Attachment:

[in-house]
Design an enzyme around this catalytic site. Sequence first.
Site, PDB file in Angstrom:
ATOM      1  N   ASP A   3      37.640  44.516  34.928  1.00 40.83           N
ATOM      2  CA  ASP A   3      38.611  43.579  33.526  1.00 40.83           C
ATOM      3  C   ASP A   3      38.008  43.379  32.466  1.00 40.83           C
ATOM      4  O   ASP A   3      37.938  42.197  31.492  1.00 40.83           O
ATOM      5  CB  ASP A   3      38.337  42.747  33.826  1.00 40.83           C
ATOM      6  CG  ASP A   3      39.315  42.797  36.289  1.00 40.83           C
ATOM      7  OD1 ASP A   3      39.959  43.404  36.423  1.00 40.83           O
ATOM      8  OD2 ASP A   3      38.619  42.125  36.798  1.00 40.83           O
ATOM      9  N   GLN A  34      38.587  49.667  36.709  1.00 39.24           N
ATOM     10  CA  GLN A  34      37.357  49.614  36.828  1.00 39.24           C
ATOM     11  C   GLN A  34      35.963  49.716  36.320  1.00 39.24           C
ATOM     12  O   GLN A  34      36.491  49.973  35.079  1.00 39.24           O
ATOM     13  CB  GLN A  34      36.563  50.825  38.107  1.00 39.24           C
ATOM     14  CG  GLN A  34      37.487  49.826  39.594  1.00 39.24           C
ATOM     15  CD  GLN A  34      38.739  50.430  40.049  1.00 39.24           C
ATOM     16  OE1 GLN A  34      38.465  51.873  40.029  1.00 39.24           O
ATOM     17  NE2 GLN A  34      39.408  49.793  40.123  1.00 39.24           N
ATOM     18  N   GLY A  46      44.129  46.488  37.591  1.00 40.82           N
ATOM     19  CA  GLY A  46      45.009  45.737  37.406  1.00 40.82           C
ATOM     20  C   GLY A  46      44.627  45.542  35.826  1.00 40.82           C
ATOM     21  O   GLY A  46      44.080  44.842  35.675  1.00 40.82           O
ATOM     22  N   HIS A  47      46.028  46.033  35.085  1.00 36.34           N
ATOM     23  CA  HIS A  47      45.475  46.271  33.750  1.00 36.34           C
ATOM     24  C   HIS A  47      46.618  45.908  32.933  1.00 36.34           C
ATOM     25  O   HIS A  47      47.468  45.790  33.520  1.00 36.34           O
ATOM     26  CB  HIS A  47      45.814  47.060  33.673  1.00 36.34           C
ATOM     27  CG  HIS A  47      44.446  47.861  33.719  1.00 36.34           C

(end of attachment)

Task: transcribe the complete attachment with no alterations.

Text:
[in-house]
Design an enzyme around this catalytic site. Sequence first.
Site, PDB file in Angstrom:
ATOM      1  N   ASP A   3      37.640  44.516  34.928  1.00 40.83           N
ATOM      2  CA  ASP A   3      38.611  43.579  33.526  1.00 40.83           C
ATOM      3  C   ASP A   3      38.008  43.379  32.466  1.00 40.83           C
ATOM      4  O   ASP A   3      37.938  42.197  31.492  1.00 40.83           O
ATOM      5  CB  ASP A   3      38.337  42.747  33.826  1.00 40.83           C
ATOM      6  CG  ASP A   3      39.315  42.797  36.289  1.00 40.83           C
ATOM      7  OD1 ASP A   3      39.959  43.404  36.423  1.00 40.83           O
ATOM      8  OD2 ASP A   3      38.619  42.125  36.798  1.00 40.83           O
ATOM      9  N   GLN A  34      38.587  49.667  36.709  1.00 39.24           N
ATOM     10  CA  GLN A  34      37.357  49.614  36.828  1.00 39.24           C
ATOM     11  C   GLN A  34      35.963  49.716  36.320  1.00 39.24           C
ATOM     12  O   GLN A  34      36.491  49.973  35.079  1.00 39.24           O
ATOM     13  CB  GLN A  34      36.563  50.825  38.107  1.00 39.24           C
ATOM     14  CG  GLN A  34      37.487  49.826  39.594  1.00 39.24           C
ATOM     15  CD  GLN A  34      38.739  50.430  40.049  1.00 39.24           C
ATOM     16  OE1 GLN A  34      38.465  51.873  40.029  1.00 39.24           O
ATOM     17  NE2 GLN A  34      39.408  49.793  40.123  1.00 39.24           N
ATOM     18  N   GLY A  46      44.129  46.488  37.591  1.00 40.82           N
ATOM     19  CA  GLY A  46      45.009  45.737  37.406  1.00 40.82           C
ATOM     20  C   GLY A  46      44.627  45.542  35.826  1.00 40.82           C
ATOM     21  O   GLY A  46      44.080  44.842  35.675  1.00 40.82           O
ATOM     22  N   HIS A  47      46.028  46.033  35.085  1.00 36.34           N
ATOM     23  CA  HIS A  47      45.475  46.271  33.750  1.00 36.34           C
ATOM     24  C   HIS A  47      46.618  45.908  32.933  1.00 36.34           C
ATOM     25  O   HIS A  47      47.468  45.790  33.520  1.00 36.34           O
ATOM     26  CB  HIS A  47      45.814  47.060  33.673  1.00 36.34           C
ATOM     27  CG  HIS A  47      44.446  47.861  33.719  1.00 36.34           C